Devils’ Turnaround Continues

The Devils jumped over two spots in the Eastern Conference after their win over the Atlanta Thrashers on Tuesday night.

This much needed win places them closer to the finish line, but still six points out of reach.

Advancing to the 10th spot in the conference — just four points behind Carolina and six points behind the Buffalo Sabres — makes everyone question if it really can happen. Can the Devils make it to the finish line by the last day of the regular season? NHL experts believe they will and the media also believes it.

The Devils currently have only 13 games remaining in the season. With a possible 26 points up for grabs, anything is possible.

Fortunately for the Devils, they just finished game 69.

The two teams that have only 69 games under their belts are currently at the top of their division, which means that the Devils don’t have to worry about those two teams right now. It also means that they have some games in hand over the other teams they are currently competing with for those last two spots in the East.

Not so long ago, they were the worst team in the league with only a .268 winning percentage in the first half of the season. Now, they are .888 in the second half.

The Devils are creating history in sports (not just in hockey) as they are setting the pace for the biggest turnaround in sports history.

“It’s nice the way we’re playing right now to get these wins and to battle back the way we have,” said forward Travis Zajac. “For us, I guess it’s some sense of achievement that the way we’re playing we’re getting to where we want to be. I think if we continue that, we’ll still be able to make it interesting here in the end.”

This turnaround has helped build up the one thing that the Devils were lacking in the first half of the season…confidence.

“Once you start winning games, you start [building] confidence,” Zajac said. “You start knowing that you’re good players, you can win games no matter what the situation.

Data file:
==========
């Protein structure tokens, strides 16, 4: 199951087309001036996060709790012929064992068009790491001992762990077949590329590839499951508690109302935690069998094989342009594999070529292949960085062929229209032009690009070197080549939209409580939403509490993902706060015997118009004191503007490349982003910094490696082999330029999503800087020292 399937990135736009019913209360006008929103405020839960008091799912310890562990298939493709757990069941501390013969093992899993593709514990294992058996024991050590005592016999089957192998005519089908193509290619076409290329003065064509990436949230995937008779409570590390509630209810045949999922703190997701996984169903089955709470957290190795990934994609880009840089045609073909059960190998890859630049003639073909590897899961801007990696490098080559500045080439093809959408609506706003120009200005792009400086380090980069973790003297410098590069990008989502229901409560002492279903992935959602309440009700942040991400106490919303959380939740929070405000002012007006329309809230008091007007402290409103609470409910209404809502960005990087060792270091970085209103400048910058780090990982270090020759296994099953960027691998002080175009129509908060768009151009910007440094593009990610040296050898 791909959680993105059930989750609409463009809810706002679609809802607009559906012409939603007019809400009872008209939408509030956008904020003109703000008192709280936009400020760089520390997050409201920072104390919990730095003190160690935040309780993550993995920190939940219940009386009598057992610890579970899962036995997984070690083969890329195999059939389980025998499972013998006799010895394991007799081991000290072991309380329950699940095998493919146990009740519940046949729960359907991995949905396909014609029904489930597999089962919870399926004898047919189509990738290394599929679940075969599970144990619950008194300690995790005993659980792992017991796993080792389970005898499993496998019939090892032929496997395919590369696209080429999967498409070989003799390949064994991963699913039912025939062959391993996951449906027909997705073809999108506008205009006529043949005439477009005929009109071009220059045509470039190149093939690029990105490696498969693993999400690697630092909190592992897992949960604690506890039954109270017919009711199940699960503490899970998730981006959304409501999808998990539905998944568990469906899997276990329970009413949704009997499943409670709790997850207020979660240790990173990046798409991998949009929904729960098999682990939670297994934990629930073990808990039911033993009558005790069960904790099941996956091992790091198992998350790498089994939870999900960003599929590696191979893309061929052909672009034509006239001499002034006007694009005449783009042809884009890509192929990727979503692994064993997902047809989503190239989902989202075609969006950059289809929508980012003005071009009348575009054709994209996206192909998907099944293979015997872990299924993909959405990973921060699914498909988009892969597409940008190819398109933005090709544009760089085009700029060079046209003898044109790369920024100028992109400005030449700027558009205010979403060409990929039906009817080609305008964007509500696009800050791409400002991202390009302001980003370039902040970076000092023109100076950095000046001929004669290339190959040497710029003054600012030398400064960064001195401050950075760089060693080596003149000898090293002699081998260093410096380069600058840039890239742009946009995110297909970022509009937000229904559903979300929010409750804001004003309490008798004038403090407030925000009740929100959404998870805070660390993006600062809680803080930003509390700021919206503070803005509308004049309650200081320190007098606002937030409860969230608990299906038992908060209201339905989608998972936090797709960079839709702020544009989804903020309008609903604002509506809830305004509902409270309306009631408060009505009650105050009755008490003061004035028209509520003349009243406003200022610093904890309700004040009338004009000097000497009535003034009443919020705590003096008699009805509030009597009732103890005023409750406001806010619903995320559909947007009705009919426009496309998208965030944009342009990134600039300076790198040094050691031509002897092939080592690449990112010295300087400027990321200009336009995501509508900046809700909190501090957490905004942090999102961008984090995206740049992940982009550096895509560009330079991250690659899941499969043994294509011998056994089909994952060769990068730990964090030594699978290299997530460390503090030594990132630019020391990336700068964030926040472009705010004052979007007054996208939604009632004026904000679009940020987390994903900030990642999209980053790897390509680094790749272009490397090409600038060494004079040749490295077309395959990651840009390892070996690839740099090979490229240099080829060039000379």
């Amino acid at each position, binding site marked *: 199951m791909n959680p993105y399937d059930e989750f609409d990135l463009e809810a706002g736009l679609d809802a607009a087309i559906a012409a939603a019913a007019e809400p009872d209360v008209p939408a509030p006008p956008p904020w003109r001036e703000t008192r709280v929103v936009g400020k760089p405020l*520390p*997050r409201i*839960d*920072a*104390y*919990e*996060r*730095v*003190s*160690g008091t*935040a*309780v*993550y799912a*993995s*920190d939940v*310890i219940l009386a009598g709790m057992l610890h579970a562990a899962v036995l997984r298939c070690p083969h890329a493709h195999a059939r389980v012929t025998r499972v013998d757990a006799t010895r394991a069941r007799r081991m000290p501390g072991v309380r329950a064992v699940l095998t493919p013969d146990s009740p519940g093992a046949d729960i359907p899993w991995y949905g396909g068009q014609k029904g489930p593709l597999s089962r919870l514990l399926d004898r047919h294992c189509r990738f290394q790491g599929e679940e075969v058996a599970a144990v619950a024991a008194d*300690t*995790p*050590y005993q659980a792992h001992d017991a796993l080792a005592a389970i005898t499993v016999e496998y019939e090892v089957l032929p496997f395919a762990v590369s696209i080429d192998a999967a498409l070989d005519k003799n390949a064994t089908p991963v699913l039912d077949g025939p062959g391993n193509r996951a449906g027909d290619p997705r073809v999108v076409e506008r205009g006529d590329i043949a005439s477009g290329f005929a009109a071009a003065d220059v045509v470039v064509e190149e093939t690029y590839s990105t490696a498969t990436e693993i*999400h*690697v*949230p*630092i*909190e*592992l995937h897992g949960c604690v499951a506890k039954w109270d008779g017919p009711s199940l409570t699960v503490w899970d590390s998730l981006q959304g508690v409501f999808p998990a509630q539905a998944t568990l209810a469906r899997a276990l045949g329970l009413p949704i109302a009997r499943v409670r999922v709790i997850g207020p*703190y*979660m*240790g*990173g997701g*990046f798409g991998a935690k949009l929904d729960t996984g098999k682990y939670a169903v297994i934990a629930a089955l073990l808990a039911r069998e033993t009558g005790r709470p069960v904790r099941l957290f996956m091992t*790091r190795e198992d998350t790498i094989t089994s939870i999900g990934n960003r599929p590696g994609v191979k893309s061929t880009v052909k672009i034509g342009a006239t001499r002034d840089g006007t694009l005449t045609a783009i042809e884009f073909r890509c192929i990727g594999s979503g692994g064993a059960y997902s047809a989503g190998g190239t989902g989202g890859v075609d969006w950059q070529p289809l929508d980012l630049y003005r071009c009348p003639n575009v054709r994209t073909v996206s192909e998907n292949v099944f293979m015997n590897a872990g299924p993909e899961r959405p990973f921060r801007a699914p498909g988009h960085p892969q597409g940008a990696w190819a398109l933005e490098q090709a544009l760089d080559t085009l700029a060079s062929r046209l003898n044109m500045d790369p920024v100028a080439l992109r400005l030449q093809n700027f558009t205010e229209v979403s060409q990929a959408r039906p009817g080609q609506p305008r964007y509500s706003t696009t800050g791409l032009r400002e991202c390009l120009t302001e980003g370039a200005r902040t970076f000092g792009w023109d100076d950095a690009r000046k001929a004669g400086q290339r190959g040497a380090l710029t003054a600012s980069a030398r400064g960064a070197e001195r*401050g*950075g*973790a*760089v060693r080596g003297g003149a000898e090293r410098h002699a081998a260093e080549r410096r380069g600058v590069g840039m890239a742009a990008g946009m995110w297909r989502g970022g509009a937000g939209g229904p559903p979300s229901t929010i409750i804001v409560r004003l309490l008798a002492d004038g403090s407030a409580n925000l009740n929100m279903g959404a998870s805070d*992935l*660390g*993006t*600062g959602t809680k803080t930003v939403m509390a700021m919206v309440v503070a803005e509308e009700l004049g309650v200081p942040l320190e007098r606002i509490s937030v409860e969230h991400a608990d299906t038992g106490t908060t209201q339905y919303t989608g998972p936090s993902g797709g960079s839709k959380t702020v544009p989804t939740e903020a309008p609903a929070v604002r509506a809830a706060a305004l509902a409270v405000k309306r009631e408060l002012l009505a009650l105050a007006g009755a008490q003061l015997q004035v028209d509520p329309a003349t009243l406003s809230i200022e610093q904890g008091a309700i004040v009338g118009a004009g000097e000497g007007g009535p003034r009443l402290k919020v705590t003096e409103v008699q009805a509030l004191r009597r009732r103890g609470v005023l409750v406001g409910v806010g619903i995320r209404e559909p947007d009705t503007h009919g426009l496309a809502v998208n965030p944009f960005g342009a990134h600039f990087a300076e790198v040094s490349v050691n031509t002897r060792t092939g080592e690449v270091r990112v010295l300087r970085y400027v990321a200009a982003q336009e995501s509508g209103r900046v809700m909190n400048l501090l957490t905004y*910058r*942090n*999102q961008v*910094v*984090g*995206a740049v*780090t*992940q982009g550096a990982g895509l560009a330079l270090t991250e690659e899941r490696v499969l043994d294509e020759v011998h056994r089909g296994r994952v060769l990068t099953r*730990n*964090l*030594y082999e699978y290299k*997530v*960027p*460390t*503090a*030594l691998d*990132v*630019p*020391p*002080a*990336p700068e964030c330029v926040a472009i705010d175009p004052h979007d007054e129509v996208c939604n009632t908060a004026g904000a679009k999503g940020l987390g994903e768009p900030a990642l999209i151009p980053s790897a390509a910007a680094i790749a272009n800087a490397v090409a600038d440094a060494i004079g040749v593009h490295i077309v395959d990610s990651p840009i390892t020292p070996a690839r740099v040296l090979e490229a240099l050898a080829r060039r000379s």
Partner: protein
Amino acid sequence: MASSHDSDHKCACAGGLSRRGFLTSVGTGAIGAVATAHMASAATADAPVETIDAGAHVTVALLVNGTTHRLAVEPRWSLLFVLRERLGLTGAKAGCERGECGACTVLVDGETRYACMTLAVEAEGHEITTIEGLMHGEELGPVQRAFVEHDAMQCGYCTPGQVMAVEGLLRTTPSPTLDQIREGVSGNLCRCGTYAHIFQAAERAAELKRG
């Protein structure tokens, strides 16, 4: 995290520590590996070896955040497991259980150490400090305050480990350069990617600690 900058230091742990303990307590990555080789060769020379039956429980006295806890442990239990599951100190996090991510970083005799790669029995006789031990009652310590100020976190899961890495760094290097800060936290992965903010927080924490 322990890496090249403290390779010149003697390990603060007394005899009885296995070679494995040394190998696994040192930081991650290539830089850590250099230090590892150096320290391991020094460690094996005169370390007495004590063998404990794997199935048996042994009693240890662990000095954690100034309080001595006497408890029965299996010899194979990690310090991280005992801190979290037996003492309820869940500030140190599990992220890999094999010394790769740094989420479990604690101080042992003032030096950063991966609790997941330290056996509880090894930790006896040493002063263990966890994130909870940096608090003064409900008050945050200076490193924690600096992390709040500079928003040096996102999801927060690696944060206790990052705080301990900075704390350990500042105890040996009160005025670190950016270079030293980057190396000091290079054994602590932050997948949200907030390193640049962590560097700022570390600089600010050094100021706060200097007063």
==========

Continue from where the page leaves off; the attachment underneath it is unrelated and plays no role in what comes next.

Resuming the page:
“I think it’s just knowing that we’ve done it before. We’ve got the feeling of winning now. We want to keep that.”

A win over Atlanta was a crucial point for the Devils on Tuesday night. They were sitting in the 12th spot in the East. With Atlanta and Toronto both tied with 70 points, a win over the Thrashers would guarantee that the Devils would head straight into 10th place, ahead of both Atlanta and Toronto.

“We definitely knew where we were in the standings and how big this game meant,” Zajac said. “Not only [was it] a chance to move ahead of some teams, but getting to over .500 was big for us too. We knew what it meant and we were fortunate that two periods of hockey were good enough to win this game.”

This victory was a big accomplishment for the Devils. It showed that they were finally gaining ground…and that the chance to make it into the playoffs was a realistic dream.

On Tuesday, that dream was momentarily disrupted after Atlanta’s back-to-back goals from Tim Stapleton at 15:24 and Chris Thorburn at 16:29 in the first period.

The Devils didn’t panic after Atlanta’s second goal.

Instead, they rallied back when Zajac sliced the lead in half at 18:52.

“I think we did a good job of not panicking,” Zajac said. “We’ve got some veterans in here that knew we weren’t playing our best and took it upon them[selves] to get us back in the game.

“We knew we had to play our best.  We knew that if we do, we can get back in this game. I think no one really panicked. You can tell because we came off the second [goal]…we got back in it pretty quick.”

“We’re a strong team,” said fellow forward Jacob Josefson. “We came back. It was a huge goal from [Zajac] too. It helped us a lot.”

Patrik Elias tied the game with his 16th os the season at 2-2 at 5:10 of the second period.

Josefson put the Devils ahead at 4:14 in the final period with his second goal of his career.

The Devils got a lucky break when an Atlanta goal was waved off after Evander Kane deflected Tobias Enstrom’s shot on goal with a high-stick with just 37.4 seconds remaining in regulation.

Ilya Kovalchuk finished the night off with an empty-netter at 19:43, ensuring a Devils win, 4-2. This concluded Kovalchuk’s scoring vengeance against his former hockey club. In all four contests this season, he has scored a goal in each of the meetings.

“Right now, its fun,” Zajac said. “We’re winning games. We know what it takes to win right now. We’re all giving the effort. The whole team is contributing which helps win games.”

Tuesday night was also an important night for Zajac. He tied Ken Daneyko’s record for most consecutive games played at 388. Daneyko’s record was set from November 4, 1989 to March 29, 1994.

“It feels the same as 387,” Zajac said of this accomplishment.

On Thursday Zajac will pull into first place and create a new record to distance himself from Daneyko’s record when the team travels to Ottawa. At the rate he’s going, there’s no stopping him.

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